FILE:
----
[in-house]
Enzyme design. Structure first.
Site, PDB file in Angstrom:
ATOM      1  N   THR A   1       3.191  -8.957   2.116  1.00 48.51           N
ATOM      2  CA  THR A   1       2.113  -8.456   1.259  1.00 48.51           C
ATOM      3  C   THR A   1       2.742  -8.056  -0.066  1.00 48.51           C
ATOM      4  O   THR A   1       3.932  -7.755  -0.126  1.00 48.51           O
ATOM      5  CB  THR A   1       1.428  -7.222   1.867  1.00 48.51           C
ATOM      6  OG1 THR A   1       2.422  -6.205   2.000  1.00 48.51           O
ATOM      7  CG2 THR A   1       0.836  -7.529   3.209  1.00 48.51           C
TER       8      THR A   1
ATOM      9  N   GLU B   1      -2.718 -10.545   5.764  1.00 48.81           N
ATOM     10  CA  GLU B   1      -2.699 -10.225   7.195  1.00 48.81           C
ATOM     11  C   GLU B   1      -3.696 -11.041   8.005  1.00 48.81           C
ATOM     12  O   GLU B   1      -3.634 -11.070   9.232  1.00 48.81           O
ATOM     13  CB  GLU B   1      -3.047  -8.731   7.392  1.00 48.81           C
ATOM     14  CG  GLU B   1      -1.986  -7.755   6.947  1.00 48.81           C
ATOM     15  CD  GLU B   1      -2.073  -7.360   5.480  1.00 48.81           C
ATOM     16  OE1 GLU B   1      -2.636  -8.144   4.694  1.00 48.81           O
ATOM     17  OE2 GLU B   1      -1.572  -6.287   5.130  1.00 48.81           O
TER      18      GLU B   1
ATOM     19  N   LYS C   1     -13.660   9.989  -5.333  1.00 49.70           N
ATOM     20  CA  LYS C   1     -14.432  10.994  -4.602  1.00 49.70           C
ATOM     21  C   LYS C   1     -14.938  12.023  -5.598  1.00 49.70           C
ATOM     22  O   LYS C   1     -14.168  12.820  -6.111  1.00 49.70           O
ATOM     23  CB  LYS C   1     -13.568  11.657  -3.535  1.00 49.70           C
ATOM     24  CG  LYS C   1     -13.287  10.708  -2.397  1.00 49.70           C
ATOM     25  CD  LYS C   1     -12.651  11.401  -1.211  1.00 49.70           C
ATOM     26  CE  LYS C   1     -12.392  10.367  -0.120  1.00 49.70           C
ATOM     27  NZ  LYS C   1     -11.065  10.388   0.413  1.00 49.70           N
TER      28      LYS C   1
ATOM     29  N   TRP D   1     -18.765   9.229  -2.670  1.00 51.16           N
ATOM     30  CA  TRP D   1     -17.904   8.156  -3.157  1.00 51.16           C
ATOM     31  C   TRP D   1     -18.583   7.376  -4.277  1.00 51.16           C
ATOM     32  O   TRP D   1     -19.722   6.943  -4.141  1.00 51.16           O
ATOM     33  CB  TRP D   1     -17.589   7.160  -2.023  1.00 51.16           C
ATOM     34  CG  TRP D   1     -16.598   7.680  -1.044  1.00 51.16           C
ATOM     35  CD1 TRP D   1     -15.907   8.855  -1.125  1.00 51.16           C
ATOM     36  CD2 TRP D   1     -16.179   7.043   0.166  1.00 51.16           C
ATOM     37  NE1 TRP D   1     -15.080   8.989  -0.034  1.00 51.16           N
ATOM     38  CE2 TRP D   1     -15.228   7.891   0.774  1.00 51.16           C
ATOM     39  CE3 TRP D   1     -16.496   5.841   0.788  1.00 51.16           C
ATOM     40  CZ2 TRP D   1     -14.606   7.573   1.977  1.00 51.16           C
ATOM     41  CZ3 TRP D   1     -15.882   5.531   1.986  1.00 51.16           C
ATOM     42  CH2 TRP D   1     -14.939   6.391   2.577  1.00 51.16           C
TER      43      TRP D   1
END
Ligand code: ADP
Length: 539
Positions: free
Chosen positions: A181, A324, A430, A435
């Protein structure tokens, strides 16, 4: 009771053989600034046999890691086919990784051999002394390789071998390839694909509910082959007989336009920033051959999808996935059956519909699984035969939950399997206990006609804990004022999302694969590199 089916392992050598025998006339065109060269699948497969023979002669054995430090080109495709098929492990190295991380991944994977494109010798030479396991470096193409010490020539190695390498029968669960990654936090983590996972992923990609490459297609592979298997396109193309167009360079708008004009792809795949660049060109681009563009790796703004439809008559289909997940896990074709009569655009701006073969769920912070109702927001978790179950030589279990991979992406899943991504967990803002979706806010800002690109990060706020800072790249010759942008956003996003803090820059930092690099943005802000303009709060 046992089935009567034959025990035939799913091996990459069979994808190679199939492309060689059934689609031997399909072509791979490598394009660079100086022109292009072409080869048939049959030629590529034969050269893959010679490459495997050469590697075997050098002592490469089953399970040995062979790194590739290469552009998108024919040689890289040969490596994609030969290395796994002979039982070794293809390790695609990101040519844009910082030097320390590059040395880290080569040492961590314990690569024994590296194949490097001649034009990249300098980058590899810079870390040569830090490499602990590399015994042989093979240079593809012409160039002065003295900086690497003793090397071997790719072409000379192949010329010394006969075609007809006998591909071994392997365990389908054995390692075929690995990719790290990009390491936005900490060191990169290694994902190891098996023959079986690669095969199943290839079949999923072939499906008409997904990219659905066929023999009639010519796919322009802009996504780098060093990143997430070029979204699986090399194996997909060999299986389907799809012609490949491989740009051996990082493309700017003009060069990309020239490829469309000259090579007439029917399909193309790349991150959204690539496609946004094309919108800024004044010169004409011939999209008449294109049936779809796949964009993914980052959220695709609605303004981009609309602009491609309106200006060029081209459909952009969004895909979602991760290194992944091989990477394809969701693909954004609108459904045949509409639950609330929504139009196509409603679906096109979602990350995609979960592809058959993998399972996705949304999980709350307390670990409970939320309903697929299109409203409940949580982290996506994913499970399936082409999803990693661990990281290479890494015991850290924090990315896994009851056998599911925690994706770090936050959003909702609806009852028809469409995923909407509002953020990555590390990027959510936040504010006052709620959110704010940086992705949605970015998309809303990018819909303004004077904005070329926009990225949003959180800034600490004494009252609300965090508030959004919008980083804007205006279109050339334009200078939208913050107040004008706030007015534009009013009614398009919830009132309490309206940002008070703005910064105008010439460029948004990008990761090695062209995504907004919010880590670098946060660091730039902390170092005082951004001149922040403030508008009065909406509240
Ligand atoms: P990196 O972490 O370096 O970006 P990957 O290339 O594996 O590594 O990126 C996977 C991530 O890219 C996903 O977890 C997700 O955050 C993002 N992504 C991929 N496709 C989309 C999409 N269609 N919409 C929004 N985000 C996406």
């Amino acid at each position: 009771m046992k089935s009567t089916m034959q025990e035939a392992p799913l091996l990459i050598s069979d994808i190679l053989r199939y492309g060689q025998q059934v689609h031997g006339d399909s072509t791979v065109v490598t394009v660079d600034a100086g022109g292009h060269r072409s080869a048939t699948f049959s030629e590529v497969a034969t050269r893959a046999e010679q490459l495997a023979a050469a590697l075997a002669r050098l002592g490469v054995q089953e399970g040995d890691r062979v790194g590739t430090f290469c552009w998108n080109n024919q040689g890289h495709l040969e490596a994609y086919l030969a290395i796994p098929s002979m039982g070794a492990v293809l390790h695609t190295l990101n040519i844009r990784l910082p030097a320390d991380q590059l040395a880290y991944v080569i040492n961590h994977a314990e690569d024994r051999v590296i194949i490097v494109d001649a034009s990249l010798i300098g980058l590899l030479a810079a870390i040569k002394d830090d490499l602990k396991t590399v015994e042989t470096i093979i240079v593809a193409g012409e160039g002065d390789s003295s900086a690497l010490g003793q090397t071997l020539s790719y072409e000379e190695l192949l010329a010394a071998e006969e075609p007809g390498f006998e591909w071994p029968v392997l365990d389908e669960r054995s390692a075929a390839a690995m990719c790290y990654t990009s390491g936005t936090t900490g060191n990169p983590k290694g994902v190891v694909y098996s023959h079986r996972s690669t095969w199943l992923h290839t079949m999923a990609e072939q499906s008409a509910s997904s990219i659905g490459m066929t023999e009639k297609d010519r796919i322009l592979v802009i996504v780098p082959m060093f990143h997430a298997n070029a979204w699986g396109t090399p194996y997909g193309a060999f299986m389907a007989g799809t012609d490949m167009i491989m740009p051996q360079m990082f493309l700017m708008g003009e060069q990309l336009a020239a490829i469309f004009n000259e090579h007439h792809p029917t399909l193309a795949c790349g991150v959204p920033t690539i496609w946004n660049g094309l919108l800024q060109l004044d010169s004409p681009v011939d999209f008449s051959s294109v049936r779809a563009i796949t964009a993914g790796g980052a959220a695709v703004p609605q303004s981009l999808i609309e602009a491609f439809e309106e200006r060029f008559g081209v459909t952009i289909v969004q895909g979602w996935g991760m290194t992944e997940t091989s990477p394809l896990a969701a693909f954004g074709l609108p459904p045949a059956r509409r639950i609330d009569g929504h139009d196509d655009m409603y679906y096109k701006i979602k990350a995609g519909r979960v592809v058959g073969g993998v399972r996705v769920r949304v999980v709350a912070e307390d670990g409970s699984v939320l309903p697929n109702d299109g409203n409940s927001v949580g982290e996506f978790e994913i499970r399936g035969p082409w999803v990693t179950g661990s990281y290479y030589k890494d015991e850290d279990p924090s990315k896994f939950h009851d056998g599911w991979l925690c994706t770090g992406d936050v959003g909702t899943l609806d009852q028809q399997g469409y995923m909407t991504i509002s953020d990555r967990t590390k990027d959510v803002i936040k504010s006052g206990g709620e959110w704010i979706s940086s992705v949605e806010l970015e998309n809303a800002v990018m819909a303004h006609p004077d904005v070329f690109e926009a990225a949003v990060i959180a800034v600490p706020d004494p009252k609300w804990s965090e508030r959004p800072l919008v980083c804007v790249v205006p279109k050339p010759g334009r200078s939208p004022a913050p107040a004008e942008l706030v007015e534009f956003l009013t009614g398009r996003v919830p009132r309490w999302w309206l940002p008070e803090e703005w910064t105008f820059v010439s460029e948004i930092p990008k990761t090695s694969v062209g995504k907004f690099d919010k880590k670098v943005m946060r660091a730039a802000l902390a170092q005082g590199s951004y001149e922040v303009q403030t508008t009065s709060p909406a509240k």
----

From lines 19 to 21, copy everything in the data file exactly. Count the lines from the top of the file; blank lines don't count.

ATOM     16  OE1 GLU B   1      -2.636  -8.144   4.694  1.00 48.81           O
ATOM     17  OE2 GLU B   1      -1.572  -6.287   5.130  1.00 48.81           O
TER      18      GLU B   1